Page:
Just a short distance downstream from Richmond Bridge, we come to one of the river's newer crossings. And one of the fastest. You can legally zip your motor over this bridge at a funky 40mph, one of two bridges in London that actually allow this. The fast and the furious has arrived in South West London with a vengeance! But the cyclists should not worry as we are safe and sound with cycle lanes provided on the pavement, away from the tyranny of petrol head.
Take a look at the future, and smile with joy, for in the 1930's, this was the way forward in London. Long, gently curving arterial roads, joining up the towns and villages across the countries with gentle gradients and dual carriageways. Your Morris' and Austin's would whizz from work to home and everywhere else in between as the beginnings of semi-detached delights and suburban sprawl began.
The greenbelt brought that all to a halt and subsequent road building in London has been patchy at best. As mentioned earlier, London was heading down the same road that Los Angeles is at today. Ugly and car based. As much as I despise what the greenbelt symbolises, it has actually forced the developers and planers of the city to build up rather than out. However, we still live with the hopes and dreams of yesteryear and that means we occasionally get very fast roads such as the A316 (which eventually takes you all the way to Southampton).
Twickenham Bridge was opened on the same day as Hampton Court and Chiswick Bridge (more to come on that crossing) in 1933. This time, the Great Chertsey Road was the mission of the planners and the desire to have a quick and fairly straight route out of London from the west. Twickenham Bridge handily bypasses Richmond town centre and crosses the river over some nice parkland (Deer Park) on the southern side and some suburban housing (St Margarets) on the north bank.
Wow, someone actually wants to go to Chertsey?
Apart from the types of cars, this bridge has not changed much in over 70 years.
Twickenham Bridge is a driver's dream. Fast, with two lanes in either direction, cyclists off the road, no weight/width restrictions and most importantly, no traffic lights on either side. Also, for the eagle eyed, this is one of only two bridges in London where there is no scheduled public transport crossing the river. That's right, no bus actually uses this bridge in service and so actually getting to the bridge can be a little bit tricky for those without their own wheels.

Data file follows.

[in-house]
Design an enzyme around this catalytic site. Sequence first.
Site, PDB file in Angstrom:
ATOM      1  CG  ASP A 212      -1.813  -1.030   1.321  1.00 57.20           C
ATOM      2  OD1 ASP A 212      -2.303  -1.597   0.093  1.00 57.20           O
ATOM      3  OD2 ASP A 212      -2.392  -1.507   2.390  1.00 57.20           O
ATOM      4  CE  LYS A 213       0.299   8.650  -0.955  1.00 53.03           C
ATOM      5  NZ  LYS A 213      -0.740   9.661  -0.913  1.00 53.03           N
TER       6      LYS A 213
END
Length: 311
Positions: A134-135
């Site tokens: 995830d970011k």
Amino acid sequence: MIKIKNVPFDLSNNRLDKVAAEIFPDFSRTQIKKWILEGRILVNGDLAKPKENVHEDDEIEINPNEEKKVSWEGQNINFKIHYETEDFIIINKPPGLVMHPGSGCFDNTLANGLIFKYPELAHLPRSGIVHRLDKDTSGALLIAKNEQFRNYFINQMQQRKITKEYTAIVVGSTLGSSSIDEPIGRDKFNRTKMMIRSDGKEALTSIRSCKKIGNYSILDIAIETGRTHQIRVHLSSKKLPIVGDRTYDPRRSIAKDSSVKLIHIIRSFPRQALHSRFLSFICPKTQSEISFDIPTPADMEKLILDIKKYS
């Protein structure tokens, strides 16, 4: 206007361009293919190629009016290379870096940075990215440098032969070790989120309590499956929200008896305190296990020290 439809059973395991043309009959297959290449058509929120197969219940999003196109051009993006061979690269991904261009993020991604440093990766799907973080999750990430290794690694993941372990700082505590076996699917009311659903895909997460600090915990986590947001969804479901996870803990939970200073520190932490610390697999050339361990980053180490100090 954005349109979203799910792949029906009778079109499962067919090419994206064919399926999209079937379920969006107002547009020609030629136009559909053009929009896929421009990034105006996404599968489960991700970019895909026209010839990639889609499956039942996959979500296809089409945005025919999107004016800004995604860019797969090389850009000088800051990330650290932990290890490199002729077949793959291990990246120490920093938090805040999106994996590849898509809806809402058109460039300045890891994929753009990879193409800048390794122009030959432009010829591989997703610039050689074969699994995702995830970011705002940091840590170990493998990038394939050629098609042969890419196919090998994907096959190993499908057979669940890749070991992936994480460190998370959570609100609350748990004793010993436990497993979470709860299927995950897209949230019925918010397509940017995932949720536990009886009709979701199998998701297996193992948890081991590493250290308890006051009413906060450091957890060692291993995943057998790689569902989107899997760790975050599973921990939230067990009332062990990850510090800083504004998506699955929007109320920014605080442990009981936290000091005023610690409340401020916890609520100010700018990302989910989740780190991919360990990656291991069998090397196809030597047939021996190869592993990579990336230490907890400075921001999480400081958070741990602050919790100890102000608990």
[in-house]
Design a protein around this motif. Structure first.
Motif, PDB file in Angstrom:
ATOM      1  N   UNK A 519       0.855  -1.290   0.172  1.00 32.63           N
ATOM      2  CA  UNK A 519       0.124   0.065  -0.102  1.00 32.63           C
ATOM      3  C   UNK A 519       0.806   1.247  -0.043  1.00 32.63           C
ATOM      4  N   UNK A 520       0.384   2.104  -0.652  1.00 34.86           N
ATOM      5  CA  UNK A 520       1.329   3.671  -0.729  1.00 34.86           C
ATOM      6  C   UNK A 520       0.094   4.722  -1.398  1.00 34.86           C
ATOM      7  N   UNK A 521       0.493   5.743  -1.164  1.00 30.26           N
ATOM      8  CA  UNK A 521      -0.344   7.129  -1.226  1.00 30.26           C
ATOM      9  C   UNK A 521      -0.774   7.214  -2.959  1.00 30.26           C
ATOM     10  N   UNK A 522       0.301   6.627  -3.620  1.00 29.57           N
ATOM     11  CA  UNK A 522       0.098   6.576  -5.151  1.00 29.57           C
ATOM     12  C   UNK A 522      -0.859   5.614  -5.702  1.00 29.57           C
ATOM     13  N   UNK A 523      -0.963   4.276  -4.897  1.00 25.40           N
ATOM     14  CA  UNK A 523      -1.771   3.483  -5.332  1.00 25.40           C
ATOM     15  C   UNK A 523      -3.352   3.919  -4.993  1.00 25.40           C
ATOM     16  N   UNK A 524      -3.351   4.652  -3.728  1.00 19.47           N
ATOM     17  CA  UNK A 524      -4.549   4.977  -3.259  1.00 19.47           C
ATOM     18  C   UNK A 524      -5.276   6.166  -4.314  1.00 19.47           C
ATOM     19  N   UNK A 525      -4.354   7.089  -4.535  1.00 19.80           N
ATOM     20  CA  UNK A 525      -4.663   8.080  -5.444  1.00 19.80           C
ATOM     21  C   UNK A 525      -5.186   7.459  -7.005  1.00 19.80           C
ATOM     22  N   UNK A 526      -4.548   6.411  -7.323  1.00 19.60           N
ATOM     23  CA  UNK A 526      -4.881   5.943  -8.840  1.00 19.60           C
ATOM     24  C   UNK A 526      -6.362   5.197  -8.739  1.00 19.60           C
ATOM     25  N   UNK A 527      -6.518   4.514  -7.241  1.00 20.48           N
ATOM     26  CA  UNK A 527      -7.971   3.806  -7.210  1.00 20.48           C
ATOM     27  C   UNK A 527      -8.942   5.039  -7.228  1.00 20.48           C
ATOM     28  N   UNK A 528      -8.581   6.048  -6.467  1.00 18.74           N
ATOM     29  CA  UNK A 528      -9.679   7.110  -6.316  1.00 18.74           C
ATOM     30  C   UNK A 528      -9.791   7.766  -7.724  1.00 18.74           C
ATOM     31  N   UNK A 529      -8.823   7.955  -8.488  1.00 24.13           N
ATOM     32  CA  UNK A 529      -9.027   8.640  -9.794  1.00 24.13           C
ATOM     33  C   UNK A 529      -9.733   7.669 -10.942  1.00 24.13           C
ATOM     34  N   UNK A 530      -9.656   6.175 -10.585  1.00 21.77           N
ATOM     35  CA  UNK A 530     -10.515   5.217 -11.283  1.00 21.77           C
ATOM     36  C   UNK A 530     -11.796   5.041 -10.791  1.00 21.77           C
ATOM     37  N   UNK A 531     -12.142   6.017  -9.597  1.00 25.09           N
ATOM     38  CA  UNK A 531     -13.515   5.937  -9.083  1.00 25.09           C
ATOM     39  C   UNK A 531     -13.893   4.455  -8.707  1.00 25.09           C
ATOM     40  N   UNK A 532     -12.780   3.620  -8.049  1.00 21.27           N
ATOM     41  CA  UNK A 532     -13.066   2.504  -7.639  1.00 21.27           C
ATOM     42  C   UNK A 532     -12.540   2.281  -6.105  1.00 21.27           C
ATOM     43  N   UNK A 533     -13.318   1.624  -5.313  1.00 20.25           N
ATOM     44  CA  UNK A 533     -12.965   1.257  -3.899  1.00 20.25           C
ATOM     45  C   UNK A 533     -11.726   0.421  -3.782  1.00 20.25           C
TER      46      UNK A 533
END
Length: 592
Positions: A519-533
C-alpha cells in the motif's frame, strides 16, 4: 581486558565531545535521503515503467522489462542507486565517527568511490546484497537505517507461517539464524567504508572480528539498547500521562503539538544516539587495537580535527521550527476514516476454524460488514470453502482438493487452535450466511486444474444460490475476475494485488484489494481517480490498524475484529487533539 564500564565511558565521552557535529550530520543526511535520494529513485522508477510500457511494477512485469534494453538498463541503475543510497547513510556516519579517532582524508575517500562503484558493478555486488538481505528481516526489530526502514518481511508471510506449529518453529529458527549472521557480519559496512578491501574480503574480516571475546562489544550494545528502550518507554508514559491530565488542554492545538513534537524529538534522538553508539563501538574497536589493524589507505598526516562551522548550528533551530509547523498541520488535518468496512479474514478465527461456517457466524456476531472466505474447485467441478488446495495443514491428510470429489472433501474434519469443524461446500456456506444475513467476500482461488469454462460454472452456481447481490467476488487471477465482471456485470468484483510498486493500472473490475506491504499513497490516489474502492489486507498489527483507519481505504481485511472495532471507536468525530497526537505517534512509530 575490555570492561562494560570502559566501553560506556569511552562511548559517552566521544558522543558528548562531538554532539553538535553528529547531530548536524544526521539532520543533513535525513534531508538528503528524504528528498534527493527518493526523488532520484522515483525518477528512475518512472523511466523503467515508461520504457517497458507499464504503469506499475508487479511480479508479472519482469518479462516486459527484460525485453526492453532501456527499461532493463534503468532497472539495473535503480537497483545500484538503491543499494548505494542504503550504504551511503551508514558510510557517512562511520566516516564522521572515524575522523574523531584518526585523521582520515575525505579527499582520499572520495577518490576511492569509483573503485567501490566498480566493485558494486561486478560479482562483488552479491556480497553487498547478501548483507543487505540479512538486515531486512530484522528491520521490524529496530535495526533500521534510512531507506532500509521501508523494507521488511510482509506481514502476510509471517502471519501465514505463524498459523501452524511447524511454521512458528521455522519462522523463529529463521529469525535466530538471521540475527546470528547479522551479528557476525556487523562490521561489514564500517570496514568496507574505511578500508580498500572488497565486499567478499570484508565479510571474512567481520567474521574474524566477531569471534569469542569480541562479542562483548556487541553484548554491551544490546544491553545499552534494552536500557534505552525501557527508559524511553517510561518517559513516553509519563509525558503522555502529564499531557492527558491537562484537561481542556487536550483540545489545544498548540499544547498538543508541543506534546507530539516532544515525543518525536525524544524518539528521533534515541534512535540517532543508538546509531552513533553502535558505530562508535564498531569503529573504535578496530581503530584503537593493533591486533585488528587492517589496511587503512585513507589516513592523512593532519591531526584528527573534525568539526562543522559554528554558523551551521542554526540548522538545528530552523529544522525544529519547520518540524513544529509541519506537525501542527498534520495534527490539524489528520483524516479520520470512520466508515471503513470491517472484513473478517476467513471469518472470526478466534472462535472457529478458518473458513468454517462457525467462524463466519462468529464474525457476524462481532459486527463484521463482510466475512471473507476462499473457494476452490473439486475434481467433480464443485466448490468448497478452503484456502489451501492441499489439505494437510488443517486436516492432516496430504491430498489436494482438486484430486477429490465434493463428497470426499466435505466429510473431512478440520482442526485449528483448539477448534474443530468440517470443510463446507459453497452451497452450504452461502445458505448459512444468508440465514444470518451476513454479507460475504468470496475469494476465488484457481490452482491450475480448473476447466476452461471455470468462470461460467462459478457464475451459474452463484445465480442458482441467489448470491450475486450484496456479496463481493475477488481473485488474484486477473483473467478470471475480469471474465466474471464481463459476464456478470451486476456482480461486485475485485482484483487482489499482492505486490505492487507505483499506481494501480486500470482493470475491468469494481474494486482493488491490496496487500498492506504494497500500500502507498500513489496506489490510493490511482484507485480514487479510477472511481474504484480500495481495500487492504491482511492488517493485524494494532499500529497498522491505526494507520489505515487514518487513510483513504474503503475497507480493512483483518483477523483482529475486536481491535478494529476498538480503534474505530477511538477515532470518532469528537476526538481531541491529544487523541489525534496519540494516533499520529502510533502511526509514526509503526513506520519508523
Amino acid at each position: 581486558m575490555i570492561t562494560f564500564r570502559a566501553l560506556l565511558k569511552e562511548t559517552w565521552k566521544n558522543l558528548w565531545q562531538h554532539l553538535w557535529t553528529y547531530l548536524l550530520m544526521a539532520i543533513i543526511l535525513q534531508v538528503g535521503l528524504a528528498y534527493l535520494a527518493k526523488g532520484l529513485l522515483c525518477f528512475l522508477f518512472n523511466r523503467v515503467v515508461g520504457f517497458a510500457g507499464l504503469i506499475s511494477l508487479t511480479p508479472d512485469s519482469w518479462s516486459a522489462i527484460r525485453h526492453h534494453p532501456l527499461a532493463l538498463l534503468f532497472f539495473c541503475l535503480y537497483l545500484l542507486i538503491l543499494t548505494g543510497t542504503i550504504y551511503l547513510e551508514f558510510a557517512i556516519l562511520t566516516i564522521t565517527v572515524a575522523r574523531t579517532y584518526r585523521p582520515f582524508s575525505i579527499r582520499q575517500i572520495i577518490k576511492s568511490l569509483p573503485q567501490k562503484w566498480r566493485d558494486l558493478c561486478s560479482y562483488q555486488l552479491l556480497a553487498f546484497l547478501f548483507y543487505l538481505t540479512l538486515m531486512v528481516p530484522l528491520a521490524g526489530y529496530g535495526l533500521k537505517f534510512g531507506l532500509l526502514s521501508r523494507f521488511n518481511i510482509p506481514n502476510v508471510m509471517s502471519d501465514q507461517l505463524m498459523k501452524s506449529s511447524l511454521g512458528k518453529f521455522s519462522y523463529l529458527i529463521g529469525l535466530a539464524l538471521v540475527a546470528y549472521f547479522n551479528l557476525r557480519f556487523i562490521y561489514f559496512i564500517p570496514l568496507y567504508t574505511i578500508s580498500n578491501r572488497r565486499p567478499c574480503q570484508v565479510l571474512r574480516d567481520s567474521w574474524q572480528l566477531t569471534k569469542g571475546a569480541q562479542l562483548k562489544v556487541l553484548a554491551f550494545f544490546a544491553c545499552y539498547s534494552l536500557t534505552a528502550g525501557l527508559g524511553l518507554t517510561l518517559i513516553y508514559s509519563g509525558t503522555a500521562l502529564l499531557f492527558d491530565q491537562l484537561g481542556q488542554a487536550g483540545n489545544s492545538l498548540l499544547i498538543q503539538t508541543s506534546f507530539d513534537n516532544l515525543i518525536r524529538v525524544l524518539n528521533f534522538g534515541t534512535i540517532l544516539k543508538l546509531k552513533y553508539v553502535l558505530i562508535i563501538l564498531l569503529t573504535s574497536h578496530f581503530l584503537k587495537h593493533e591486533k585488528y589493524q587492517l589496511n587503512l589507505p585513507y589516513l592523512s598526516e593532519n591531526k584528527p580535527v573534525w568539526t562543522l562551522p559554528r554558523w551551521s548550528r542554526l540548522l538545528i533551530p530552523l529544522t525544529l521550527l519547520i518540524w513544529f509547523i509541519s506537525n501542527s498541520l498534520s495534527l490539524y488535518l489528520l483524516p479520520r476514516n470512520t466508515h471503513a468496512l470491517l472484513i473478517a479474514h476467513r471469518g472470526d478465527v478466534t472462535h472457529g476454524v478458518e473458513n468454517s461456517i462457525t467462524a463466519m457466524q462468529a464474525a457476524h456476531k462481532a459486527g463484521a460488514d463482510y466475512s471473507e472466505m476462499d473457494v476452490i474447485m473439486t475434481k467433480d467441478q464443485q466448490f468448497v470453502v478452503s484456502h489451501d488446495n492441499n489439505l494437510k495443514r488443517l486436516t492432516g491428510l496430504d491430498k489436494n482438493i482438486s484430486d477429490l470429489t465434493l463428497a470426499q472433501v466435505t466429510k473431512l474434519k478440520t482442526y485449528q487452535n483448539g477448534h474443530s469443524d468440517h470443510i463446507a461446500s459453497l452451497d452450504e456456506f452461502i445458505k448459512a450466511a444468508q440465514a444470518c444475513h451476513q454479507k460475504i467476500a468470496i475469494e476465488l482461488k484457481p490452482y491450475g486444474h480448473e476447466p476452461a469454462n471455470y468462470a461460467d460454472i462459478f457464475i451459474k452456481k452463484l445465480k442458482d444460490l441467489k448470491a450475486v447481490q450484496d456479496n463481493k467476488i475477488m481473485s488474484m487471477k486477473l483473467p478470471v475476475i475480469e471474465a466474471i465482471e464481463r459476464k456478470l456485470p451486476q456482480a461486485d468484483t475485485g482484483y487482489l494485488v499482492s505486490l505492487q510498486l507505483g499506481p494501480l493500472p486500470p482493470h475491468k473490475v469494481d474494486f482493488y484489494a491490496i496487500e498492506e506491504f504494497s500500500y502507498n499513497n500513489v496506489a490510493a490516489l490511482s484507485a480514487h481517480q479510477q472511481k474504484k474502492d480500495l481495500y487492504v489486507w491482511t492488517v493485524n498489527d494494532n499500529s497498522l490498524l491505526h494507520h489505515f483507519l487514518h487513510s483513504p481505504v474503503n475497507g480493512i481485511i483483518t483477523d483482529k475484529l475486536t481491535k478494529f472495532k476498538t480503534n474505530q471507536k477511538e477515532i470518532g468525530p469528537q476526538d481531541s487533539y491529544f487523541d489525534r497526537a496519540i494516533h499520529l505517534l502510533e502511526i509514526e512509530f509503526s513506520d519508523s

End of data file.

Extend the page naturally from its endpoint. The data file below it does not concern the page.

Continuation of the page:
And this is why I am quite glad that the likes of Twickenham Bridge was stopped by the Greenbelt. For those outside London, you have to realise that the car is quite sinmply a pain in the backside. You have got to pay for petrol, which is mostly burnt while sitting stationary in traffic. You have got to pay for parking, even outside your own front door. And usually, some annoying cyclist will overtake you and beat you back home, especially in the rush hour.
And I like a city where it is unnatural to drive. Sure, the AA and the RAC will bite my head off and proclaim that it is their right to drive where they please. But hey, for all of its crabby ways, it is a little bit more relaxing letting someone else do the driving for once. And also, there are times I enjoy pedalling faster than a Porsche. Also, there is something much more human about a city where people have to get walking. Richmond Town Centre may not be the prettiest place on Earth, but you won't get spooked out in the same way as walking over Twickenham Bridge, all alone with cars zipping to and fro. In 'space', no one can hear you...
Anyone who has visited any of the car sprawling US or Chinese cities knows how unpleasant their environments are. You either sacrifice the comfort of the car, or the environment of the city. As most of the drivers on the A316 probably do not live anywhere near London, you can see whose side I am on.
Richmond town centre is well served by crossings. There are four bridges over the river that are in or are a very short walking distance from it. We have already been to Richmond. A little further upstream from Twickenham Bridge lies Richmond Railway Bridge, which unfortunately cannot be crossed by foot unless you are a railway worker.
And just downstream of Twickenham Bridge lies Richmond Lock, the third crossing bearing the name 'Richmond', but that is next month's treat...
How to get there. Tricky. The 65 is the closest bus to the Southbank while the H37 is the closest bus to the Northbank. Both are still a fair walk from the bridge itself. It is probably easier to walk alongside the river from Richmond Town Centre. Nearest Tube/Rail - Richmond.